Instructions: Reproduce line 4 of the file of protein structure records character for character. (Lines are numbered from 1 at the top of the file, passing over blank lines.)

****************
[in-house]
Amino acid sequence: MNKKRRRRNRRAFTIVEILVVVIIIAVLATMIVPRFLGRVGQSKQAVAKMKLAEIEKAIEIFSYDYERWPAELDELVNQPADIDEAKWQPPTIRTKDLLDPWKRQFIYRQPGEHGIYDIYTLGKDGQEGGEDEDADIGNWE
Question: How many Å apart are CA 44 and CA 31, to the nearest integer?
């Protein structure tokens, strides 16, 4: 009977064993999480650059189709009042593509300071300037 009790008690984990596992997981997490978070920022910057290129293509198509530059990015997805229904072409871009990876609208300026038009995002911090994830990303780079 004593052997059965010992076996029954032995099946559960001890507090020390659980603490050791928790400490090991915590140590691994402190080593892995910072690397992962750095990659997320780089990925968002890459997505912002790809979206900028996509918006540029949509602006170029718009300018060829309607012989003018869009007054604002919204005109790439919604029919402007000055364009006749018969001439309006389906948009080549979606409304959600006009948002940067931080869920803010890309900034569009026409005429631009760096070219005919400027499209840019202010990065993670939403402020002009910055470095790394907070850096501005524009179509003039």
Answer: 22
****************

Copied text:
């Protein structure tokens, strides 16, 4: 009977064993999480650059189709009042593509300071300037 009790008690984990596992997981997490978070920022910057290129293509198509530059990015997805229904072409871009990876609208300026038009995002911090994830990303780079 004593052997059965010992076996029954032995099946559960001890507090020390659980603490050791928790400490090991915590140590691994402190080593892995910072690397992962750095990659997320780089990925968002890459997505912002790809979206900028996509918006540029949509602006170029718009300018060829309607012989003018869009007054604002919204005109790439919604029919402007000055364009006749018969001439309006389906948009080549979606409304959600006009948002940067931080869920803010890309900034569009026409005429631009760096070219005919400027499209840019202010990065993670939403402020002009910055470095790394907070850096501005524009179509003039």